Quorn Debuts Low-Carbon Food Labels To Display Emissions Footprint Of Products

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In a bid to make the environmental impact of the foods we eat more visible to consumers, Quorn, the long-time vegetarian and vegan-friendly meat substitute brand, has just launched new low-carbon food labelling on their products. With this initiative, 30 of Quorn’s most popular products will not only be donning nutritional facts on their outer packaging, they will also showcase a full disclosure of each individual product’s carbon footprint as well. It comes as shoppers across the board are starting to wake up to the impact of meat and dairy consumption, and are looking to make more sustainable food choices. 

Stepping up their efforts to market the sustainability of choosing plant-based foods, the established vegetarian and vegan meat alternative brand Quorn will now be adding the carbon footprint on their products on their packaging. The move to include a carbon label on 30 of their most popular products, including their vegan sausage rolls and meat-free vegetarian chicken-less nuggets, is meant to help consumers understand that Quorn’s proprietary protein blend generates 90% less greenhouse gas emissions compared to beef

While the company has been working with the Carbon Trust to improve the sustainability of their products since 2012, this is the first time that Quorn will be disclosing the full carbon information to consumers directly. The label starts with the statement: “The carbon footprint for the full lifecycle of this Quorn product is 0.16kg per serving,” and showcases a comparative graphic that educates consumers on the carbon output of different foods such as bananas, tomatoes and meat. On the graphic, the impact of Quorn’s products is placed somewhere alongside fruit and veggies, far below that of the image of chicken and beef.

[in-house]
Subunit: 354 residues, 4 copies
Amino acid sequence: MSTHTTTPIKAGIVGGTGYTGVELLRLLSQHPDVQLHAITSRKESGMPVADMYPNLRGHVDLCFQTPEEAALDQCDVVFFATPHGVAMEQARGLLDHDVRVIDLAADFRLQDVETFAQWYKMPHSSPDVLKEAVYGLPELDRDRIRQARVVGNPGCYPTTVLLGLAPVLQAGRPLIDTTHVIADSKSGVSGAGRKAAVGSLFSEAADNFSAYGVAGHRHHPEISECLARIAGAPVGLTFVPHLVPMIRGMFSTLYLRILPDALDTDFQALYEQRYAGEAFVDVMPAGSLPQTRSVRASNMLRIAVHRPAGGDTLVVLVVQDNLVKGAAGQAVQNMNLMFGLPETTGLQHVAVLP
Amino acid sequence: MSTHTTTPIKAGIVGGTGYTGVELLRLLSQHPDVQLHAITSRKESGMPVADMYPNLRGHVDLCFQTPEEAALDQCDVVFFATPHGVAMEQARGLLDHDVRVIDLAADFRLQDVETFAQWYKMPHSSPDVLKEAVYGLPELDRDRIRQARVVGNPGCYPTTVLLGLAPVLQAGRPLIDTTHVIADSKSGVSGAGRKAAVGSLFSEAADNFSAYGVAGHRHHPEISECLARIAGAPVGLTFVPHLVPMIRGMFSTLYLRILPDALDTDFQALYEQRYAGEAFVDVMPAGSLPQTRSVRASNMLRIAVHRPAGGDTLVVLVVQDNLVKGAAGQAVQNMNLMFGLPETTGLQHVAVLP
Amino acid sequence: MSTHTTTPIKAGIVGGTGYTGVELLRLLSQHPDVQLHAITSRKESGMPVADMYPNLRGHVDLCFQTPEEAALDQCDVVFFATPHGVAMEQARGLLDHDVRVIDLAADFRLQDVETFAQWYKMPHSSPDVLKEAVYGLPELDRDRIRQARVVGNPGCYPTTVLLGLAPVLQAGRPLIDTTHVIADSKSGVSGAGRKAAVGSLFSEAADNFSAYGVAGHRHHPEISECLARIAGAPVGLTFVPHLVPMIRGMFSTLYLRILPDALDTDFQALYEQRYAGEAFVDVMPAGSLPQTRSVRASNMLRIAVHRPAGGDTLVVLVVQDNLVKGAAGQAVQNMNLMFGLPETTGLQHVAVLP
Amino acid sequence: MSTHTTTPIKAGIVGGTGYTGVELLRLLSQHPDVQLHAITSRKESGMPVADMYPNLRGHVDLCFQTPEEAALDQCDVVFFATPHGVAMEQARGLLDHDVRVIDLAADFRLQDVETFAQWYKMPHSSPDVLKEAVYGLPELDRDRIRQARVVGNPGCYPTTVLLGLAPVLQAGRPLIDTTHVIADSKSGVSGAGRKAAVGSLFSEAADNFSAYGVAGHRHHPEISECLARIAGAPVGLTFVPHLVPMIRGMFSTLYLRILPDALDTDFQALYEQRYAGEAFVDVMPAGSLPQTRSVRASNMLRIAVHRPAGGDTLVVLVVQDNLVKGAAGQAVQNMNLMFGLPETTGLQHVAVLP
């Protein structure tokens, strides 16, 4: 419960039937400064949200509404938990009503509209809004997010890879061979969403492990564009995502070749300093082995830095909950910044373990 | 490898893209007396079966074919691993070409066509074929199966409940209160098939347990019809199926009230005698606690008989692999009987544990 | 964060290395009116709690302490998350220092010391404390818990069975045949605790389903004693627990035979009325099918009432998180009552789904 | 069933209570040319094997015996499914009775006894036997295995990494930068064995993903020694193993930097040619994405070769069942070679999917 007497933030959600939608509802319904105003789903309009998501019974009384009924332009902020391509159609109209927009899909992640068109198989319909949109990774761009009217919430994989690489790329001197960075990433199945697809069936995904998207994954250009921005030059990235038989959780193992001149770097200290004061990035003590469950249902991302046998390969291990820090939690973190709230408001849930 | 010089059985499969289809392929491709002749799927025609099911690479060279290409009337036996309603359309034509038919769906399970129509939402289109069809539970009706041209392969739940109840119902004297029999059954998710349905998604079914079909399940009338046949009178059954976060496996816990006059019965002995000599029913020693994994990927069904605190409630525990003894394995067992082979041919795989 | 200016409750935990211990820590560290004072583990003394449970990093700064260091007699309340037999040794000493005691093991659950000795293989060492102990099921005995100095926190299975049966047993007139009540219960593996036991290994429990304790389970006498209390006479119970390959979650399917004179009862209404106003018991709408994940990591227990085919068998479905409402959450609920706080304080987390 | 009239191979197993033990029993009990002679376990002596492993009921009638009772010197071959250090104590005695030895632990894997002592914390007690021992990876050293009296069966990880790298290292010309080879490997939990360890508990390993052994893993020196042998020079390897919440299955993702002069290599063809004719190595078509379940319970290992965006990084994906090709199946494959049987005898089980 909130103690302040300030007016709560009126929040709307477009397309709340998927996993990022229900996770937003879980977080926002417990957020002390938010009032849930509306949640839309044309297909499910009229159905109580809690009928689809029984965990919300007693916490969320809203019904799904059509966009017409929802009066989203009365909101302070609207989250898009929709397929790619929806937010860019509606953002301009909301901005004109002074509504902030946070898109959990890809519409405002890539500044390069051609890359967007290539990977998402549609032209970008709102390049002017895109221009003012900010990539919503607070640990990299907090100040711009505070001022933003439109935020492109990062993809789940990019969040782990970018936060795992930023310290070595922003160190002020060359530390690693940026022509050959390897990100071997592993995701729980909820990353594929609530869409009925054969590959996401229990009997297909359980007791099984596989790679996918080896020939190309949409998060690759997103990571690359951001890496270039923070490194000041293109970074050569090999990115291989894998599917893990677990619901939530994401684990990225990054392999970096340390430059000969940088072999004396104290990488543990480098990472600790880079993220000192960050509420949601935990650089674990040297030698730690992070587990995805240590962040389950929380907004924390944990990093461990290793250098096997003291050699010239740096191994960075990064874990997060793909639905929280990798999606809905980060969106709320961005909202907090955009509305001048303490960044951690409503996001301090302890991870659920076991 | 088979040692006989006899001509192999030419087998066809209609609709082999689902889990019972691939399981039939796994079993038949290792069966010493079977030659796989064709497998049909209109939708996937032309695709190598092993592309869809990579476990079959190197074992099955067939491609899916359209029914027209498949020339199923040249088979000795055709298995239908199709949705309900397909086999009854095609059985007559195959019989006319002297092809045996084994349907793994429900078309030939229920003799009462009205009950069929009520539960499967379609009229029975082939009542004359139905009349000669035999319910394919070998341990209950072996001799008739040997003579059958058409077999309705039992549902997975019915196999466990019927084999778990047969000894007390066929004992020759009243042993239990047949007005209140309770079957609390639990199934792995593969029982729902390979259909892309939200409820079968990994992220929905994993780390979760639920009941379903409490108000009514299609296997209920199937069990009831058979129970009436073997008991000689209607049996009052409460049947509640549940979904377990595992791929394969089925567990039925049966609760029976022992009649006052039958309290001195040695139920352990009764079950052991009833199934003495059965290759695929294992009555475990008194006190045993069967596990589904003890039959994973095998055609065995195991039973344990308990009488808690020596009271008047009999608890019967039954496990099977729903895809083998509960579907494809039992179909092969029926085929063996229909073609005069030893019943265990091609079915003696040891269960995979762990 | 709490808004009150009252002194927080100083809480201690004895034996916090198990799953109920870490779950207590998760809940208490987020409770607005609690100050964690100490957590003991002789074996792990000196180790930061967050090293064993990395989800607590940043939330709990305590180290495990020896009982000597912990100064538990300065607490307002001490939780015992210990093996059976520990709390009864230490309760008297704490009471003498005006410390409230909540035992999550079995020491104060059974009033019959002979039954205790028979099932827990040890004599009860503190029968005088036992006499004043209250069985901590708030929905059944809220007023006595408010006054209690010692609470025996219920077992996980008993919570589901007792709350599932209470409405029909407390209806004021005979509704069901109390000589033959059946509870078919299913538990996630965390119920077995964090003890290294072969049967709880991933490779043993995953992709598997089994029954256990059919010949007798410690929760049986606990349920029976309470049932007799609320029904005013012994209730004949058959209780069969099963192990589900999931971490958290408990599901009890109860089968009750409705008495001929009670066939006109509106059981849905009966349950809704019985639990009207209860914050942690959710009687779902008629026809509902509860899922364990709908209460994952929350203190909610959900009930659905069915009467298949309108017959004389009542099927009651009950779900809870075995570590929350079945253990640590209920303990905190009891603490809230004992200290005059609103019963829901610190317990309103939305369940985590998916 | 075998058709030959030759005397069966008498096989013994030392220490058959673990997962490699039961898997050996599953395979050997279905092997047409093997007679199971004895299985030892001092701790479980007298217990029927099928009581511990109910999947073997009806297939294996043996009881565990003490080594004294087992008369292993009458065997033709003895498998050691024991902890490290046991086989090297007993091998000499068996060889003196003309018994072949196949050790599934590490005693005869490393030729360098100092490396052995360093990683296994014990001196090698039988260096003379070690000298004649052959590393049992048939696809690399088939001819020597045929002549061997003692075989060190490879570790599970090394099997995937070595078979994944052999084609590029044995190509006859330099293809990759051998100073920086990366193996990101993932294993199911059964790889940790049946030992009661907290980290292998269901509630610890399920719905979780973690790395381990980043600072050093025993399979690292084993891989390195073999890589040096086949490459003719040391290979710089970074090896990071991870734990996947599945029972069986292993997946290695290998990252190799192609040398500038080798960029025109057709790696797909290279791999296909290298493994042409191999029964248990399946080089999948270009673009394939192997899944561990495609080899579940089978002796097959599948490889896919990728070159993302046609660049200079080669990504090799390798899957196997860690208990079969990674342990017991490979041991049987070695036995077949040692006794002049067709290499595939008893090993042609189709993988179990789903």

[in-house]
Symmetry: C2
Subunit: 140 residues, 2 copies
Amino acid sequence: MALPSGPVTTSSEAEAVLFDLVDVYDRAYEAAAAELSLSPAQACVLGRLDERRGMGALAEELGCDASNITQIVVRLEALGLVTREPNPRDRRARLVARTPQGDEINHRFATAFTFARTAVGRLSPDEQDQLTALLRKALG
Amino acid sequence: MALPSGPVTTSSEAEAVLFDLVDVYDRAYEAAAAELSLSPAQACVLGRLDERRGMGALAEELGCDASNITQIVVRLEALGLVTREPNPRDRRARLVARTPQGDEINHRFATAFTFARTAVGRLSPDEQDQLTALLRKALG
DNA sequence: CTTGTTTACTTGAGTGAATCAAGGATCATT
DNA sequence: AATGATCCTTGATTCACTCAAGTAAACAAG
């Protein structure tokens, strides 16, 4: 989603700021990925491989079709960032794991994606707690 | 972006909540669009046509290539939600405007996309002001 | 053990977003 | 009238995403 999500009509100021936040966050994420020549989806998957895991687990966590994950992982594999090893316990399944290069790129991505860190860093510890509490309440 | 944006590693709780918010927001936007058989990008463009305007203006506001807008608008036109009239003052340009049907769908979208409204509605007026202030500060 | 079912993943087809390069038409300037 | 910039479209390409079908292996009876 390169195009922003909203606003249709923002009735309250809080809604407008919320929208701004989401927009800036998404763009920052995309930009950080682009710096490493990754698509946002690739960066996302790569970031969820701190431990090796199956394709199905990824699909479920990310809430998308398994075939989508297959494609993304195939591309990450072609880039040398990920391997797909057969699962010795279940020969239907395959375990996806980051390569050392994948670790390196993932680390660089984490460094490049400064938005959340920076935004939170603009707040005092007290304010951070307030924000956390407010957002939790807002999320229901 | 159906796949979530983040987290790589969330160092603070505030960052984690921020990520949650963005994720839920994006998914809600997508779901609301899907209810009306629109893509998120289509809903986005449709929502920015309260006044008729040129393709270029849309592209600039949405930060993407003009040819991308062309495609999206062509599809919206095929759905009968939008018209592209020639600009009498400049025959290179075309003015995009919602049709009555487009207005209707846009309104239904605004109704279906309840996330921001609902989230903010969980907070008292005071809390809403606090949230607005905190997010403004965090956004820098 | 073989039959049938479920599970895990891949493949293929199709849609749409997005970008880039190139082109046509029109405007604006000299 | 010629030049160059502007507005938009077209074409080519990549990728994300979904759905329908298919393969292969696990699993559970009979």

Founded in 1985, Quorn is a long-time player in the plant-based food industry, selling meat substitute products from meat-free mince, sausages and “chicken” strips to ready-made pre-packaged meals across 18 countries. Prior to the explosion in plant-based startups that have innovated vegan meat substitutes that biomimic the texture and taste of meat, Quorn’s mycoprotein-based meatless products was one of the few supermarket brands available to vegans and vegetarians. 

While some of Quorn’s products remain only suitable to vegetarians as it contains egg albumen to bind their fungus culture, the brand has created a range of vegan-friendly items that uses potato protein.  

Although the newly introduced labels might seem unnecessary to some consumers, especially given the seemingly widespread awareness about the environmental destruction associated with meat and dairy consumption, previous studies have demonstrated the efficacy of carbon labels in inducing more sustainable choices.

In a 2018 study, researchers from Australia and the United States found that a front-of-pack carbon emissions label can drive more eco-friendly food choices amongst consumers and that the lack of information for consumers to estimate the impact of different foods is impairing informed choices

In the midst of our global food system crisis, which is currently contributing between 19 – 29% of global greenhouse gas emissions, driving biodiversity loss and resource wastage, the introduction of carbon labels on food presents one of the most feasible yet effective solutions that our planet needs. Choosing more sustainable foods would not only benefit the environment, but can bring further benefits to our health. In an Oxford University study, scientists revealed that most sustainable foods are correlated with health indices. 

Lead image courtesy of Quorn.


  • Sally Ho

    Sally Ho is Green Queen's former resident writer and lead reporter. Passionate about the environment, social issues and health, she is always looking into the latest climate stories in Hong Kong and beyond. A long-time vegan, she also hopes to promote healthy and plant-based lifestyle choices in Asia. Sally has a background in Politics and International Relations from her studies at the London School of Economics and Political Science.

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